Endurance artist & yogi, Linda Montano blurs the line between life & art in her latest project: the 24/7 care of her aged father.
It was the late 1980s and I was an art student enrolled in a class on “Performance Art.” The instructor brought in heaps of images and videos of people spurting blood, polemicizing and proclaiming, making weird noises with found objects, making spectacles of themselves in public (on purpose!), tying themselves together with a rope and living bound for an entire year. And they called all that art. What kind of person does this kind of work? Who were these artists? Where could I sign up?
I learned that Linda Montano – the woman who tied herself to another artist for a year – was one of a handful of pioneering artists responsible for redefining contemporary arts practices. Her sustained commitment to eliminating the boundaries between art and life – along with her exploration of performance as spiritual endeavour and practice of healing – has sent influential repercussions rippling throughout the Western art community.
And Montano unwittingly became my role model.
Fifteen years later, I find myself getting ready to call Linda Montano. I’m nervous as all get-out. I know she is particularly approachable: she is a performance artist whose practice embodies humanity.
] Talking to people is part of what she does. Now this icon of the art world is about to talk to me, and I’m trying to stay relaxed enough to focus properly on my list of questions. I take a deep breath and she answers the phone. “I need you to call me back later. I have to reschedule nurse duties. Can you call at 4:15?” She goes on, “And I want us to do the interview blindfolded.”
I hang up; my mind races. Nurse duties. Yes, I heard tell of the new project she was working on: Dad Art. It feels funny to call it a “project” – she is in the midst of full-time caregiving for her ailing father. But since she is an artist who readily treats many of her life situations as artworks, I suppose it is appropriate, after all.
I exhale slowly and regroup. More time to calm down and get used to the idea of our interview. Then it hits me: I’m being invited into performance with my Art-Guru. I am utterly thrilled by the proposition, but the fresh batch of butterflies again swarming in my belly suggests I am still terrified. And much more so than before – being asked to cover my eyes means being asked to fly without a safety net and means I won’t be able to see my questions.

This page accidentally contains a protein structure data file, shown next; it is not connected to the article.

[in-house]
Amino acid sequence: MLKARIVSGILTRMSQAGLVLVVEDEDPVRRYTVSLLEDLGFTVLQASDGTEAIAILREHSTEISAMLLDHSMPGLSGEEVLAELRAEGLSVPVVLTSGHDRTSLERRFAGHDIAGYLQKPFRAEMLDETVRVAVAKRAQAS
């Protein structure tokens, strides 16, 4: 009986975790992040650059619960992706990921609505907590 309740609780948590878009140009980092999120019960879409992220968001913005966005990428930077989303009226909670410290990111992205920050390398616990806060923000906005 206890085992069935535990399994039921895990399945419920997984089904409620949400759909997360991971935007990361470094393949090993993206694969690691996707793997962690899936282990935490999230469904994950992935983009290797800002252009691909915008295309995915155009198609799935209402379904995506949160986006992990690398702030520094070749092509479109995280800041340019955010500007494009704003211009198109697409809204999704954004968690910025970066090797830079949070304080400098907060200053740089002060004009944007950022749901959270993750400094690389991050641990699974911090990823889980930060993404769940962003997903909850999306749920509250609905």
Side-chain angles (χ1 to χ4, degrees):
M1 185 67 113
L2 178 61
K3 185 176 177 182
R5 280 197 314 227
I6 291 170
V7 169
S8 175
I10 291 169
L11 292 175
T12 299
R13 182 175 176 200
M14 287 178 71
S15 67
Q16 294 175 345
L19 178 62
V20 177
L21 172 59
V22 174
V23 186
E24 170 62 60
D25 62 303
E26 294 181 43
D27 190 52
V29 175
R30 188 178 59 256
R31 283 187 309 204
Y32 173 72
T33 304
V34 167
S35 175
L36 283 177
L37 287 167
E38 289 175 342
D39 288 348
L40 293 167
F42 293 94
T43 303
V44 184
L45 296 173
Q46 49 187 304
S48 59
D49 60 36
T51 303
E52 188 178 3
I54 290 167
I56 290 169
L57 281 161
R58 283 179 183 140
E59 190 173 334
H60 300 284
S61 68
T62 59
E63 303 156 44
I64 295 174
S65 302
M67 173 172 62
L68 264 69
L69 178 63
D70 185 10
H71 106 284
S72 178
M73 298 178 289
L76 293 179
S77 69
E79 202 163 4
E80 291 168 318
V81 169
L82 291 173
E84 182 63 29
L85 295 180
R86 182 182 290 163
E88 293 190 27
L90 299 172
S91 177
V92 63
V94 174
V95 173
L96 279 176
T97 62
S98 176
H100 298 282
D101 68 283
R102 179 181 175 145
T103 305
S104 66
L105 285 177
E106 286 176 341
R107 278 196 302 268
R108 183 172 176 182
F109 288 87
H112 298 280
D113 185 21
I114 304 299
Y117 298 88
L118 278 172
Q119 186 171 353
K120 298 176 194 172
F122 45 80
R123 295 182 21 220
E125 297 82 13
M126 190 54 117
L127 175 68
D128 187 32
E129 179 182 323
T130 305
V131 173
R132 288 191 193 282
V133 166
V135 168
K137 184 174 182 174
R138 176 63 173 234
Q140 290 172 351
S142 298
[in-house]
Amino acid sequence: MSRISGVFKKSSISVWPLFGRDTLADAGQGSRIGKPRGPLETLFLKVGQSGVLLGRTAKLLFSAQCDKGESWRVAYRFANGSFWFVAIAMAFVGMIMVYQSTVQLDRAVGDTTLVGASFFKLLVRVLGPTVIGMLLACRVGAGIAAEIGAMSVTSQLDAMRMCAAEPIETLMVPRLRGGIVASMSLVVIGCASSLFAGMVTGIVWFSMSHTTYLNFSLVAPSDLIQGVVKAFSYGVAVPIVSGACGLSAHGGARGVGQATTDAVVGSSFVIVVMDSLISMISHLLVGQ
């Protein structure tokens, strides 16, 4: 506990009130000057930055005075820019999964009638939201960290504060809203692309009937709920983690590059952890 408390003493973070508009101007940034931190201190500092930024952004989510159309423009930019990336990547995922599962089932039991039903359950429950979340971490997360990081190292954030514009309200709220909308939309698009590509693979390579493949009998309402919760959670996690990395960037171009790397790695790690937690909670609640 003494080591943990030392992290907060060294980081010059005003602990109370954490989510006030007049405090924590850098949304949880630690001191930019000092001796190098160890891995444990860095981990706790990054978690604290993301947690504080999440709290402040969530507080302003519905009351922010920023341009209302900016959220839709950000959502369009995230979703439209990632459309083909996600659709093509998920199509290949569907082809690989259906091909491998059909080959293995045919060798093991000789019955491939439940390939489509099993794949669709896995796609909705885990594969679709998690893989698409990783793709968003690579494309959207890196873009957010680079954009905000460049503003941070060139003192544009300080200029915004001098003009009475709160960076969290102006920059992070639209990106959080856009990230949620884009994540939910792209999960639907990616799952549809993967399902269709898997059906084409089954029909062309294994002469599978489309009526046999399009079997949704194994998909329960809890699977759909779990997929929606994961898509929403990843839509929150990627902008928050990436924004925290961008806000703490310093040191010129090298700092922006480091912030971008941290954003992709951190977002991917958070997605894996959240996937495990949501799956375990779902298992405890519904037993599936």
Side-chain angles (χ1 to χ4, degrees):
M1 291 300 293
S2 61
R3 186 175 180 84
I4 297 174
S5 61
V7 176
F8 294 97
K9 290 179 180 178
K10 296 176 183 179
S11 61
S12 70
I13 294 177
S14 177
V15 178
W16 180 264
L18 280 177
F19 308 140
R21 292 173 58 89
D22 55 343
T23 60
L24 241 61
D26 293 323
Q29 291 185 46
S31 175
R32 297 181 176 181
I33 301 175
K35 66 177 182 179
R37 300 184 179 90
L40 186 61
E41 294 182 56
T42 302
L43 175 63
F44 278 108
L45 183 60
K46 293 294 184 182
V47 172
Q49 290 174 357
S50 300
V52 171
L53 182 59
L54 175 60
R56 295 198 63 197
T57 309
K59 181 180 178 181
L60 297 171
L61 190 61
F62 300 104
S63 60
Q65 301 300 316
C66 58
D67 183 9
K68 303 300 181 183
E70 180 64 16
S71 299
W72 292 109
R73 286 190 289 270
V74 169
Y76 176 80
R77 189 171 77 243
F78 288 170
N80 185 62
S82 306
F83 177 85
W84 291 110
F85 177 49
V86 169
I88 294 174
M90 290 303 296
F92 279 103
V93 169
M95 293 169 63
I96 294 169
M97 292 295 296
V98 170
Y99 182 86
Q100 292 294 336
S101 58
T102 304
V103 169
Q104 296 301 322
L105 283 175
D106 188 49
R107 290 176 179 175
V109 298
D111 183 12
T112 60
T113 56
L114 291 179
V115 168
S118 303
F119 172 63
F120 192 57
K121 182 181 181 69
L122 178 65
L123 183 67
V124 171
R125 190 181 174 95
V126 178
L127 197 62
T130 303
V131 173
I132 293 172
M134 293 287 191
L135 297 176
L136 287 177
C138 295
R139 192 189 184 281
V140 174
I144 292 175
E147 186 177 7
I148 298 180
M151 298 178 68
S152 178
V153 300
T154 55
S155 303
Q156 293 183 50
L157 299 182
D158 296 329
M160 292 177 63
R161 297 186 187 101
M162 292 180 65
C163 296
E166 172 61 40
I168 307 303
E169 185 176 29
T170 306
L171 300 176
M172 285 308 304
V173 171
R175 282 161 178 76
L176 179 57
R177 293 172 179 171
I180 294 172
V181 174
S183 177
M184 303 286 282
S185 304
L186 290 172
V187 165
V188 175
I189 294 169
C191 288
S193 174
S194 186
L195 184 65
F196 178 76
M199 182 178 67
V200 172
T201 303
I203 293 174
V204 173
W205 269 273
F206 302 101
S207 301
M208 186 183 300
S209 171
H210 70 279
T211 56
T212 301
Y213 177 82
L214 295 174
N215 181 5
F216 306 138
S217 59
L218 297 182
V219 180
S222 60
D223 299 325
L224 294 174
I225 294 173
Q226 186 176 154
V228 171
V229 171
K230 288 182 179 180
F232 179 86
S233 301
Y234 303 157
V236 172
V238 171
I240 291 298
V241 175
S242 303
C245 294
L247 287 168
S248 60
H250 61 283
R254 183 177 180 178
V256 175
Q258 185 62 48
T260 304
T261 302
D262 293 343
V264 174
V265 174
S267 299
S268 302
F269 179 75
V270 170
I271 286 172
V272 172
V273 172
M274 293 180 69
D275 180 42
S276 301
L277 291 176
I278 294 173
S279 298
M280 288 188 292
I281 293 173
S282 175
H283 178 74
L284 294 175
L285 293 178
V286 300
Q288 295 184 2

It’s 4:15 p.m. I settle in to place my second call. Montano answers, I hit the record button and reach for my blue flowered scarf. I start to gush about how honoured I am to have this opportunity, not only to chat with her but also to be initiated into her orbit through this special request. Then I muster the courage to tell her how anxious my sight-sense deprivation is making me.
She makes a sympathetic sound and remarks, “I think I learned this from composer Pauline Oliveros. I actually met her when I was doing a piece for three days, blindfolded. I was doing a lot of blindfold work and in this performance, she was a listener – so I started learning how to listen from her.”
She continues, “You know you have the prerogative in every way and you must look at your questions if you need to. I’m just being bossy about this – because I am!” We both laugh. Her easy tone and humour immediately relieve me. I think I am going to follow her approach: intent listening, paying attention and trusting the process. I have abandoned my script.
Linda Montano was born in 1942, in a small town in upstate New York. The second-to-youngest of four children, she grew up a devout Catholic, enthralled by ceremony, ritual and the Saints. She was also surrounded by cultural activity: her father played in an orchestra he helped found, while her mother sang in the orchestra and painted. In the late 1950s, after completing only one year of an art major at a women’s Catholic college, Montano’s fascination with the Divine – and a need to do humanitarian service – prompted her to leave her studies and join the Maryknoll Sisters, a convent of missionary nuns. Two years later, however, this experiment had gone awry, leaving Montano grappling with a severe eating disorder. She returned to her studies and eventually pursued an MA in Florence, Italy, then an MFA back in the US.
It was in 1970, while teaching sculpture at another Catholic college, that Montano discovered yoga. A Hatha specialist had come to teach at their school and Montano’s interest was piqued. She began to practise and eventually traced this instructor’s lineage back to a yogi and medical doctor from India named Ramamurti Mishra. After a chance meeting with Dr. Mishra in San Francisco, Montano went on to practise and study under his guidance.
Montano, who at the time was still a practising Catholic and professional artist working in sculpture, acknowledges the impact that yoga has had on her art and spiritual life. It has acted as an important catalyst that led her not only to what she calls the “cultivation and expansion of her soul,” but also away from “object making” and directly into performance; using her body to become “living art.”